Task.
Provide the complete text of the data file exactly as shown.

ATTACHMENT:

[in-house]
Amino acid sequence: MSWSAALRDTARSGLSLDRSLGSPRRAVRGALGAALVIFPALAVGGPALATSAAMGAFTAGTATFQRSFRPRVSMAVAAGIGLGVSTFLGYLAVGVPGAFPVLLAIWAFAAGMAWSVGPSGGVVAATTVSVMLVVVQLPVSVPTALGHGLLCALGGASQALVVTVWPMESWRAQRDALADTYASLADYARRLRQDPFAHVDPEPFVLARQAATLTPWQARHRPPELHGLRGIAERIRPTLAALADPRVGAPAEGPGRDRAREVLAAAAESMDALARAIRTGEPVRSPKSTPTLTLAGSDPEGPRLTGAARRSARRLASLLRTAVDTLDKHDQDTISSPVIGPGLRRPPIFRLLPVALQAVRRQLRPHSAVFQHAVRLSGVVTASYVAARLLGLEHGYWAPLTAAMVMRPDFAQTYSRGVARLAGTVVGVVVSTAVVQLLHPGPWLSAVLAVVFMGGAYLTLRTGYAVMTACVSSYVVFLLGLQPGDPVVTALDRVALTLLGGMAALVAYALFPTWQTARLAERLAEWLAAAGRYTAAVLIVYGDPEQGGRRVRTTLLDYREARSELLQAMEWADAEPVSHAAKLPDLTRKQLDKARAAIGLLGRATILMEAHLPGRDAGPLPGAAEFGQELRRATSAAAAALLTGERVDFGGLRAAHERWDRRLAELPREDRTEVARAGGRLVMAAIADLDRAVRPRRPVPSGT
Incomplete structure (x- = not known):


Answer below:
[in-house]
Amino acid sequence: MSWSAALRDTARSGLSLDRSLGSPRRAVRGALGAALVIFPALAVGGPALATSAAMGAFTAGTATFQRSFRPRVSMAVAAGIGLGVSTFLGYLAVGVPGAFPVLLAIWAFAAGMAWSVGPSGGVVAATTVSVMLVVVQLPVSVPTALGHGLLCALGGASQALVVTVWPMESWRAQRDALADTYASLADYARRLRQDPFAHVDPEPFVLARQAATLTPWQARHRPPELHGLRGIAERIRPTLAALADPRVGAPAEGPGRDRAREVLAAAAESMDALARAIRTGEPVRSPKSTPTLTLAGSDPEGPRLTGAARRSARRLASLLRTAVDTLDKHDQDTISSPVIGPGLRRPPIFRLLPVALQAVRRQLRPHSAVFQHAVRLSGVVTASYVAARLLGLEHGYWAPLTAAMVMRPDFAQTYSRGVARLAGTVVGVVVSTAVVQLLHPGPWLSAVLAVVFMGGAYLTLRTGYAVMTACVSSYVVFLLGLQPGDPVVTALDRVALTLLGGMAALVAYALFPTWQTARLAERLAEWLAAAGRYTAAVLIVYGDPEQGGRRVRTTLLDYREARSELLQAMEWADAEPVSHAAKLPDLTRKQLDKARAAIGLLGRATILMEAHLPGRDAGPLPGAAEFGQELRRATSAAAAALLTGERVDFGGLRAAHERWDRRLAELPREDRTEVARAGGRLVMAAIADLDRAVRPRRPVPSGT
Incomplete structure (x- = not known):